5 Cover Letter Writing Tips for Freelancers

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Arguably the trickiest part of the job hunting process comes long before you start picking out interview attire. Writing cover letters is difficult, dull, and can feel like an exercise in futility.

This is especially true when you're looking for a freelance gig instead of a full-time job. If you're not even trying to talk someone into covering your health insurance costs, should you have to go through the teeth-pulling and self-promotion?

Unfortunately, the answer is yes. Cover letters are even more important when you're looking for freelance work, because you're not just trying to woo a hiring manager into investigating your resume: you're flat-out selling yourself as a provider of a service. In short, it's a sales pitch, and you need to know how to create one that works if you want to stay in business.

The good news is that wrapping your head around that one fact -- that you're selling your services -- is enormously helpful when it comes to simplifying the process. Here's how to do it.

5 Cover Letter Tips for Freelancers

1. Focus on being the solution to the problem.

Why do they need you? Because they have a problem they need to solve. Your goal is to show why you're the best person to provide that solution.

This focuses your cover letter right off the bat. No longer are you thinking of your entire work history or even the skills of which you're most proud.

You now have a laser focus on the thing that really matters: fixing what's broken, turning the merely good into the truly excellent, and saving the company time and money as you do so.

2. Format for the bored and busy.

At its most basic, the freelancer's cover letter looks a lot like everyone else's.

You need at least three paragraphs in your letter: an introduction explaining how you found the job or lead, a middle paragraph outlining your skills and abilities, and a closing paragraph indicating how you'll be following up.

Beyond that, focus on making your letter easy to scan. Bullets are your friend, especially when you're listing your relevant skills or projects that demonstrate your talents. Assume that the person reading your cover letter will spend only a few seconds on it, and make sure that he or she can see the highlights in just a quick glance.

Don't forget to include keywords, especially if your materials will have to go through some sort of screening software in order to make it to a real, live person.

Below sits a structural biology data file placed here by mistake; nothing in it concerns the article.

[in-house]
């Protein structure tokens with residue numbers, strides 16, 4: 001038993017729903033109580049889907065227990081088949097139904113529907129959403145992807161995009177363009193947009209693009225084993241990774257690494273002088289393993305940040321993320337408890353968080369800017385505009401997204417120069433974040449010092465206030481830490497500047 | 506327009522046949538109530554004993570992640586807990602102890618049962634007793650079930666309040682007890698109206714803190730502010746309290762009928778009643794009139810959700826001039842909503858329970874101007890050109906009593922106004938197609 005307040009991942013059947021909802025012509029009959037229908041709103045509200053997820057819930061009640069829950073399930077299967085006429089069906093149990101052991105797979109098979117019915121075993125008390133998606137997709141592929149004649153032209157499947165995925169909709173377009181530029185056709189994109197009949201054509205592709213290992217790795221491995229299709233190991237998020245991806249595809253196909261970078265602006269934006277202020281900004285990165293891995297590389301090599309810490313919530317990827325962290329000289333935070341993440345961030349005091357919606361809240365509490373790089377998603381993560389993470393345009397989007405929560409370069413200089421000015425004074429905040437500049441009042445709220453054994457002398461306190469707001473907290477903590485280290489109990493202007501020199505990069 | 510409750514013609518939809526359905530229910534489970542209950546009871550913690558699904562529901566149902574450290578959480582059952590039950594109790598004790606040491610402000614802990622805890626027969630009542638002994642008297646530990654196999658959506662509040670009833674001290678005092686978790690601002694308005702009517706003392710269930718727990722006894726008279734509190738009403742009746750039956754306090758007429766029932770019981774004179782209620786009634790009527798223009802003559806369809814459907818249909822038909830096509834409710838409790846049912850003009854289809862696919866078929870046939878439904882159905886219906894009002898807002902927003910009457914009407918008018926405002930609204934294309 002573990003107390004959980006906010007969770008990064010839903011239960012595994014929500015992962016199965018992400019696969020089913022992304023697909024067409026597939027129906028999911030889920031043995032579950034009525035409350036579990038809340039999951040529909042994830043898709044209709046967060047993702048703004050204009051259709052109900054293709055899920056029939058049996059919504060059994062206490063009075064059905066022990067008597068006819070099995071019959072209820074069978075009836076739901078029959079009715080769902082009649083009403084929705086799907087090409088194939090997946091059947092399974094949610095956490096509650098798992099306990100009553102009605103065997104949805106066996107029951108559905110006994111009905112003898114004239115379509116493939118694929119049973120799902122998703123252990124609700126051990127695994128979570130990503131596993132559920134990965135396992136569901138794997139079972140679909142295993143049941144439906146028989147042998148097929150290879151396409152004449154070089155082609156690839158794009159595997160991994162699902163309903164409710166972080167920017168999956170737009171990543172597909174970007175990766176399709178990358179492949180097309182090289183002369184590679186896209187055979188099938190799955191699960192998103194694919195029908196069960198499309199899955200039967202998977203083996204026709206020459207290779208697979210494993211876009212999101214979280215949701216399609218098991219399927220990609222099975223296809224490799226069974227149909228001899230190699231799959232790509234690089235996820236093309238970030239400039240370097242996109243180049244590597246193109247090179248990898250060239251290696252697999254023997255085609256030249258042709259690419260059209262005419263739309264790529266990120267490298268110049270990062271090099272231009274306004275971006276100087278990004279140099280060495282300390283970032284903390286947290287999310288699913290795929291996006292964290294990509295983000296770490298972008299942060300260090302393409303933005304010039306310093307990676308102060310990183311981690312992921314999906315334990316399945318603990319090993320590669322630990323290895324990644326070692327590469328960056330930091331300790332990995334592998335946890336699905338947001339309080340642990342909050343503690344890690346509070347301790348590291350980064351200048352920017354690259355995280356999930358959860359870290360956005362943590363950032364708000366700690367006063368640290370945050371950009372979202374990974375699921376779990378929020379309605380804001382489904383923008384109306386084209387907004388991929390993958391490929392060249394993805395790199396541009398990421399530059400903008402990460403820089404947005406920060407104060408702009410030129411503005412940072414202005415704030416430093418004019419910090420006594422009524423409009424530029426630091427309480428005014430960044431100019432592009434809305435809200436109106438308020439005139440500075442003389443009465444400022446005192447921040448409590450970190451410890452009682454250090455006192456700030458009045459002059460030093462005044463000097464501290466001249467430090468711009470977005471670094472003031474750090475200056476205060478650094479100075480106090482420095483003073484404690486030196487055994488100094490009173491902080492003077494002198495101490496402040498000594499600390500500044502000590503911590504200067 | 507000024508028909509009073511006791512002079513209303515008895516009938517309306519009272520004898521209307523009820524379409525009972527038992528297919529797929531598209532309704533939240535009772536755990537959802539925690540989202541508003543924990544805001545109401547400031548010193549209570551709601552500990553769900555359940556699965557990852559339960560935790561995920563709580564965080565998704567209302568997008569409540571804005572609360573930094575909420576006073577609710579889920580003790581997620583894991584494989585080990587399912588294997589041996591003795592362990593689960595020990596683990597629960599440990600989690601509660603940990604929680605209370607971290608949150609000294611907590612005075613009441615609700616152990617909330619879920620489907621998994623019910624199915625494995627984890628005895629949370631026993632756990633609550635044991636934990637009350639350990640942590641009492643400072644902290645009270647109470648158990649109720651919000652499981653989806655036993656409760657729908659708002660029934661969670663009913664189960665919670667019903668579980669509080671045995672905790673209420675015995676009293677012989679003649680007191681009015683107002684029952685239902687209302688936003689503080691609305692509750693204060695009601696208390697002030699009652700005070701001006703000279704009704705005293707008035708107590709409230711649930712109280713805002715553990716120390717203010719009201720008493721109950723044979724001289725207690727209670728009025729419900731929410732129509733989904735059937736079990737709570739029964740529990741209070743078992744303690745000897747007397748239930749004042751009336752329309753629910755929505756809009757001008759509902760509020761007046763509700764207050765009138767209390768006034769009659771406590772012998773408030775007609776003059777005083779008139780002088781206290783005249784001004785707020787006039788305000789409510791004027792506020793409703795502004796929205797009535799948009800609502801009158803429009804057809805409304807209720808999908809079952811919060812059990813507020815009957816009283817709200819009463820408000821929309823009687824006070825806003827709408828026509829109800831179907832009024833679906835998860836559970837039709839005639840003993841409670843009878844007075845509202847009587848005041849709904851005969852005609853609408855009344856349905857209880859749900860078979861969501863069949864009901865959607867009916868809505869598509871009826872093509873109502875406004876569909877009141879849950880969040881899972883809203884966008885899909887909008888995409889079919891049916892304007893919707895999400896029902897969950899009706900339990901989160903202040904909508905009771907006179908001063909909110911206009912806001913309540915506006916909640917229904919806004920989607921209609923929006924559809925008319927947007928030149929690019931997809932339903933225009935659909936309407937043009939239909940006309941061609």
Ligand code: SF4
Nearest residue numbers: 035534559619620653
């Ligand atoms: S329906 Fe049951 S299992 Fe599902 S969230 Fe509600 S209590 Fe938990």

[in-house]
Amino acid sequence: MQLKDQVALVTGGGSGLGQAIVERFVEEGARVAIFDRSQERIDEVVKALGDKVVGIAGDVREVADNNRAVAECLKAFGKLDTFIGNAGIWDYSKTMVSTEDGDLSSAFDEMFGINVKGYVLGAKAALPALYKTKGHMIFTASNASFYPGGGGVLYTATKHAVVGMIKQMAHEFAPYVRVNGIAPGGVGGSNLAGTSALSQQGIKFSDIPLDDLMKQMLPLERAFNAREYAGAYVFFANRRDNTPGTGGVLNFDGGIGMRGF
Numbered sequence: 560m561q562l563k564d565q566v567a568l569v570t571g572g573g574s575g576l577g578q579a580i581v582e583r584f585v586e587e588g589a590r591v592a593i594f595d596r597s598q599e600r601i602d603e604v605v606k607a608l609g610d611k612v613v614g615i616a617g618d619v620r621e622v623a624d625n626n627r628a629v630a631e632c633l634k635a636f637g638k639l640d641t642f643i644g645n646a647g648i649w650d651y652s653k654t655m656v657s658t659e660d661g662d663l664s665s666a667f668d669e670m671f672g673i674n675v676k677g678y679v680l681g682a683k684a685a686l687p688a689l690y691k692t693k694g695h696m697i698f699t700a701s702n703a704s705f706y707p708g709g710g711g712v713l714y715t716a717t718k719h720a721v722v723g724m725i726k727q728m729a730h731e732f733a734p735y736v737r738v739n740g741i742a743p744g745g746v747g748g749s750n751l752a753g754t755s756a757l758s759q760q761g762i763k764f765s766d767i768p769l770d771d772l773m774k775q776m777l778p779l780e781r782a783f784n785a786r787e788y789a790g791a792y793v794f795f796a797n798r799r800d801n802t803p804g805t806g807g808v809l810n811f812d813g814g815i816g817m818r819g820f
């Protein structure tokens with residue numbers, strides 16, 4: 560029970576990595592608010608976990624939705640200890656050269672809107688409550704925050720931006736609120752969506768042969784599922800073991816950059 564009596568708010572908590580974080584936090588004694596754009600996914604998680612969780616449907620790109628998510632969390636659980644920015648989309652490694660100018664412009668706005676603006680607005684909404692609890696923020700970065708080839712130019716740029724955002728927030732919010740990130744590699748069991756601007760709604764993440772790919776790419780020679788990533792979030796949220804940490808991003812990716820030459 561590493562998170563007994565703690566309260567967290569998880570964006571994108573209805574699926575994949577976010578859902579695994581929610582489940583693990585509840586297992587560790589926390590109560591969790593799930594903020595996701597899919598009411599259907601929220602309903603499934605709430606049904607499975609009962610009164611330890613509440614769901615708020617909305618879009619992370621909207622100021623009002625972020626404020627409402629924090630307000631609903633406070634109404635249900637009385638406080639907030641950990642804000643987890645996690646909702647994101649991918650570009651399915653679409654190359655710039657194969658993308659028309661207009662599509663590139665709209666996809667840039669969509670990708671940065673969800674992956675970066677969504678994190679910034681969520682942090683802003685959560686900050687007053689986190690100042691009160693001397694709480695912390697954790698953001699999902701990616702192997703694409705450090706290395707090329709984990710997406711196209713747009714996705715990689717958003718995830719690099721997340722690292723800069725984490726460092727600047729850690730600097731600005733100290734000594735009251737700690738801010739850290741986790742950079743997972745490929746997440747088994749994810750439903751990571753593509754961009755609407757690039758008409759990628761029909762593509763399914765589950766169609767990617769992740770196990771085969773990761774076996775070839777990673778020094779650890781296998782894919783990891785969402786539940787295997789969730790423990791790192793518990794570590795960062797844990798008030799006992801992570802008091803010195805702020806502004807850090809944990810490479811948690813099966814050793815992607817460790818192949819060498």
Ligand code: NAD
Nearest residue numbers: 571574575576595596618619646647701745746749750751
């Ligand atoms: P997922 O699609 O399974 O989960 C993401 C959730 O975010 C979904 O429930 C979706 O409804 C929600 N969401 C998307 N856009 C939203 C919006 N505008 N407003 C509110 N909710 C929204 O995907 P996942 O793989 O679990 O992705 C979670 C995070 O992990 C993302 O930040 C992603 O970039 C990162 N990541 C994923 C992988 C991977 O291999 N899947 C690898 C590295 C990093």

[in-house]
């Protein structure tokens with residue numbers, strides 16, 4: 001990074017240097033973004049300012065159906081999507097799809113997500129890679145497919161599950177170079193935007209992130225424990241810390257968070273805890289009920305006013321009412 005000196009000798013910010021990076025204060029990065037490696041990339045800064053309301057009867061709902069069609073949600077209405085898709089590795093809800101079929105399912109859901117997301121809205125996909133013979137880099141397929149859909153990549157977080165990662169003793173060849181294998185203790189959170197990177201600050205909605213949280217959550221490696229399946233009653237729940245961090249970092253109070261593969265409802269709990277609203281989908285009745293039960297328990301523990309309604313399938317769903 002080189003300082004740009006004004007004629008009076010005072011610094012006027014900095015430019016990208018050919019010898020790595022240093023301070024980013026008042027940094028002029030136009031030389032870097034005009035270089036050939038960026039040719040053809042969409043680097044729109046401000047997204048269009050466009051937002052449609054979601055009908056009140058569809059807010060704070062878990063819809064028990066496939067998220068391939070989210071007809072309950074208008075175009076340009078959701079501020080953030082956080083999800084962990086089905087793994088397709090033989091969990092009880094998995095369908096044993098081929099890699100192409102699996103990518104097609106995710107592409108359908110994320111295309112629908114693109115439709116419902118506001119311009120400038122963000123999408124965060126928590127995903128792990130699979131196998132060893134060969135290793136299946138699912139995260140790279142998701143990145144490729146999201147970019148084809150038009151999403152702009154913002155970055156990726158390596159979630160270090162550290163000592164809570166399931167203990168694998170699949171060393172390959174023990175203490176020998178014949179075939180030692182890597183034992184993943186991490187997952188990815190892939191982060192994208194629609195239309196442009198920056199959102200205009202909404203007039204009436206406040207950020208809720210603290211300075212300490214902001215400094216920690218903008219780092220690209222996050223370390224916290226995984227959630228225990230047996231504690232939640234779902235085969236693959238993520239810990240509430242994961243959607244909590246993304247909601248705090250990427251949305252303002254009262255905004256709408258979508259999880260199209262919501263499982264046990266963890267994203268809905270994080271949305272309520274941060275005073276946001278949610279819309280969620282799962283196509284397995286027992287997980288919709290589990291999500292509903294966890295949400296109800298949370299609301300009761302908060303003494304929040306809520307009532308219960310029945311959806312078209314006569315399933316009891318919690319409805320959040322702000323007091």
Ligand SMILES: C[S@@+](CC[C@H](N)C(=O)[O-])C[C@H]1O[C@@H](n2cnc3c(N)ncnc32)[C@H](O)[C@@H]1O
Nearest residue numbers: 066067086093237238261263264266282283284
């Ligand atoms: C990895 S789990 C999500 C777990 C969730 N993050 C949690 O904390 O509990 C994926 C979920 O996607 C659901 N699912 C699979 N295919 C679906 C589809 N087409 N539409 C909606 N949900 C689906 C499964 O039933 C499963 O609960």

3. Give it a personal touch.

At least 60 percent of all jobs are acquired through networking, and freelancing is no exception. It's always better if you can have a mutual acquaintance pass along your materials, including your cover letter.

If you can't dig up a connection through colleagues, friends, family, or social media, take the time to find an actual name to include in your salutation. Avoid "to whom it may concern" if all possible. Generic addresses let the hiring manager off the hook.

Think of how responsive you are to email solicitations from companies that can't even be bothered to figure out your name. (Not very.)

4. Let your work speak for yourself.

Don't forget to include URLs to online clips, sites, or projects, or references to an attached portfolio of your work, along with an explanation for why these particular work samples are relevant to the company's needs. Don't include everything you've ever done, or anything unrelated to the industry or the company.

5. Follow up, but don't stalk.

Close your cover letter by letting the hiring manager know when you're going to follow up, and then keep your commitment -- but don't continue to pursue the contact if things don't pan out.

If you don't hear back after your initial communication, or at the designated time of follow up, it might be appropriate to try one more time, after two weeks or so, to make sure that you haven't slipped the manager's mind.

After that, though, you have to assume that it's not going to happen with this particular potential client, at least at this time, and move on. If you exercise restraint, you won't close yourself off to future opportunities to work with the company.

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